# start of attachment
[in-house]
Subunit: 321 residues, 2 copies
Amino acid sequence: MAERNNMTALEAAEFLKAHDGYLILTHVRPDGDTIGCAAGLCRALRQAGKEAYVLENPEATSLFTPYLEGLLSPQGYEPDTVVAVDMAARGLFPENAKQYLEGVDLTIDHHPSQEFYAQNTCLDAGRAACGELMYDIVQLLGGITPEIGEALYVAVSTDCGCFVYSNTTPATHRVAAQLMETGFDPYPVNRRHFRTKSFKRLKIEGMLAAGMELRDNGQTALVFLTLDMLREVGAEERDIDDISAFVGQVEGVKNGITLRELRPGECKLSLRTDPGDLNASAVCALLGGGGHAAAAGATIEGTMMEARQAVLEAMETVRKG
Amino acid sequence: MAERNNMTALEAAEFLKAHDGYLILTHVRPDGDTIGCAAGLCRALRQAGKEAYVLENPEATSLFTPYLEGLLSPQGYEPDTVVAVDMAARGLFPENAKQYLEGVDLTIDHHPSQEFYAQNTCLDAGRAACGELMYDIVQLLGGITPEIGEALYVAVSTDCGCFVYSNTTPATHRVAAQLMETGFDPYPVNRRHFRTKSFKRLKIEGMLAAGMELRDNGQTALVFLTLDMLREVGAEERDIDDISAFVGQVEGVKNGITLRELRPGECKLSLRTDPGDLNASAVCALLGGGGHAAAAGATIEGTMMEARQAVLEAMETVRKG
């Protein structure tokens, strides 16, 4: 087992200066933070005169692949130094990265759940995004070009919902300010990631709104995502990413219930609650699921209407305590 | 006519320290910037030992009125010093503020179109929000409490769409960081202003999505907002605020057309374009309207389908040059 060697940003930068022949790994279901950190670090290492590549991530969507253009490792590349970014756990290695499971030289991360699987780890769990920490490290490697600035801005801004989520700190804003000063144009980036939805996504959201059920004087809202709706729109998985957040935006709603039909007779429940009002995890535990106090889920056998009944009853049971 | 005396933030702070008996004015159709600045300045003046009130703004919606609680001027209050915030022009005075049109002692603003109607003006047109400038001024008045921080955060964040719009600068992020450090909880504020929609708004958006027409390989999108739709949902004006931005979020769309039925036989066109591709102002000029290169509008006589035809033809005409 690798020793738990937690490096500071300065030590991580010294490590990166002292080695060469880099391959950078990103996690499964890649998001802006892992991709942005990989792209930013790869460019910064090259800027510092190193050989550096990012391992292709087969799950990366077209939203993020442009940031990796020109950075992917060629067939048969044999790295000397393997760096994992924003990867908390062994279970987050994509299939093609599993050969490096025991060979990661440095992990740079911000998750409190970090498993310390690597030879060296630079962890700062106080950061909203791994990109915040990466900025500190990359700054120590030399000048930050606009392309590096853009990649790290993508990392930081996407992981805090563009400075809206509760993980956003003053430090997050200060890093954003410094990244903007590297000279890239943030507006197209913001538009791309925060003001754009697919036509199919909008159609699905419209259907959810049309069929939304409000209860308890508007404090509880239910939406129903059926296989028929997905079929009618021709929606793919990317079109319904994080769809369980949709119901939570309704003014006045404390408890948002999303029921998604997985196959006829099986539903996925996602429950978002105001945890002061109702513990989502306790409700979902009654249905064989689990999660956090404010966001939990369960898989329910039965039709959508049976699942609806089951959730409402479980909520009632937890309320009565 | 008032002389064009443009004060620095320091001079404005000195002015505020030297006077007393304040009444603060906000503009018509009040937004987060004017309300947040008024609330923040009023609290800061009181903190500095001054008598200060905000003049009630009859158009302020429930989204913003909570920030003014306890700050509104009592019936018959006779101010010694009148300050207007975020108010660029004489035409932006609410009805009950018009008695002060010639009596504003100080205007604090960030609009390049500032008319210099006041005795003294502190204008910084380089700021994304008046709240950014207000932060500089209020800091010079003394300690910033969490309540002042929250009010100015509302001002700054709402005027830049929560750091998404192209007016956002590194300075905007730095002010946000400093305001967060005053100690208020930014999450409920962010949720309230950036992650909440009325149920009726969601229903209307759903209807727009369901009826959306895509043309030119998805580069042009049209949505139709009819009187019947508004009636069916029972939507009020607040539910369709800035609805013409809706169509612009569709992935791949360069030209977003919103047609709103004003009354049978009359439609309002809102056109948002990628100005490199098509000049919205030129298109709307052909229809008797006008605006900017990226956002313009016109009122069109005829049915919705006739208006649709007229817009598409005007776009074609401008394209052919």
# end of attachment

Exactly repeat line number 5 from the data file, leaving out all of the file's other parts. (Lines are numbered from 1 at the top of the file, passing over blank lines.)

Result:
């Protein structure tokens, strides 16, 4: 087992200066933070005169692949130094990265759940995004070009919902300010990631709104995502990413219930609650699921209407305590 | 006519320290910037030992009125010093503020179109929000409490769409960081202003999505907002605020057309374009309207389908040059 060697940003930068022949790994279901950190670090290492590549991530969507253009490792590349970014756990290695499971030289991360699987780890769990920490490290490697600035801005801004989520700190804003000063144009980036939805996504959201059920004087809202709706729109998985957040935006709603039909007779429940009002995890535990106090889920056998009944009853049971 | 005396933030702070008996004015159709600045300045003046009130703004919606609680001027209050915030022009005075049109002692603003109607003006047109400038001024008045921080955060964040719009600068992020450090909880504020929609708004958006027409390989999108739709949902004006931005979020769309039925036989066109591709102002000029290169509008006589035809033809005409 690798020793738990937690490096500071300065030590991580010294490590990166002292080695060469880099391959950078990103996690499964890649998001802006892992991709942005990989792209930013790869460019910064090259800027510092190193050989550096990012391992292709087969799950990366077209939203993020442009940031990796020109950075992917060629067939048969044999790295000397393997760096994992924003990867908390062994279970987050994509299939093609599993050969490096025991060979990661440095992990740079911000998750409190970090498993310390690597030879060296630079962890700062106080950061909203791994990109915040990466900025500190990359700054120590030399000048930050606009392309590096853009990649790290993508990392930081996407992981805090563009400075809206509760993980956003003053430090997050200060890093954003410094990244903007590297000279890239943030507006197209913001538009791309925060003001754009697919036509199919909008159609699905419209259907959810049309069929939304409000209860308890508007404090509880239910939406129903059926296989028929997905079929009618021709929606793919990317079109319904994080769809369980949709119901939570309704003014006045404390408890948002999303029921998604997985196959006829099986539903996925996602429950978002105001945890002061109702513990989502306790409700979902009654249905064989689990999660956090404010966001939990369960898989329910039965039709959508049976699942609806089951959730409402479980909520009632937890309320009565 | 008032002389064009443009004060620095320091001079404005000195002015505020030297006077007393304040009444603060906000503009018509009040937004987060004017309300947040008024609330923040009023609290800061009181903190500095001054008598200060905000003049009630009859158009302020429930989204913003909570920030003014306890700050509104009592019936018959006779101010010694009148300050207007975020108010660029004489035409932006609410009805009950018009008695002060010639009596504003100080205007604090960030609009390049500032008319210099006041005795003294502190204008910084380089700021994304008046709240950014207000932060500089209020800091010079003394300690910033969490309540002042929250009010100015509302001002700054709402005027830049929560750091998404192209007016956002590194300075905007730095002010946000400093305001967060005053100690208020930014999450409920962010949720309230950036992650909440009325149920009726969601229903209307759903209807727009369901009826959306895509043309030119998805580069042009049209949505139709009819009187019947508004009636069916029972939507009020607040539910369709800035609805013409809706169509612009569709992935791949360069030209977003919103047609709103004003009354049978009359439609309002809102056109948002990628100005490199098509000049919205030129298109709307052909229809008797006008605006900017990226956002313009016109009122069109005829049915919705006739208006649709007229817009598409005007776009074609401008394209052919």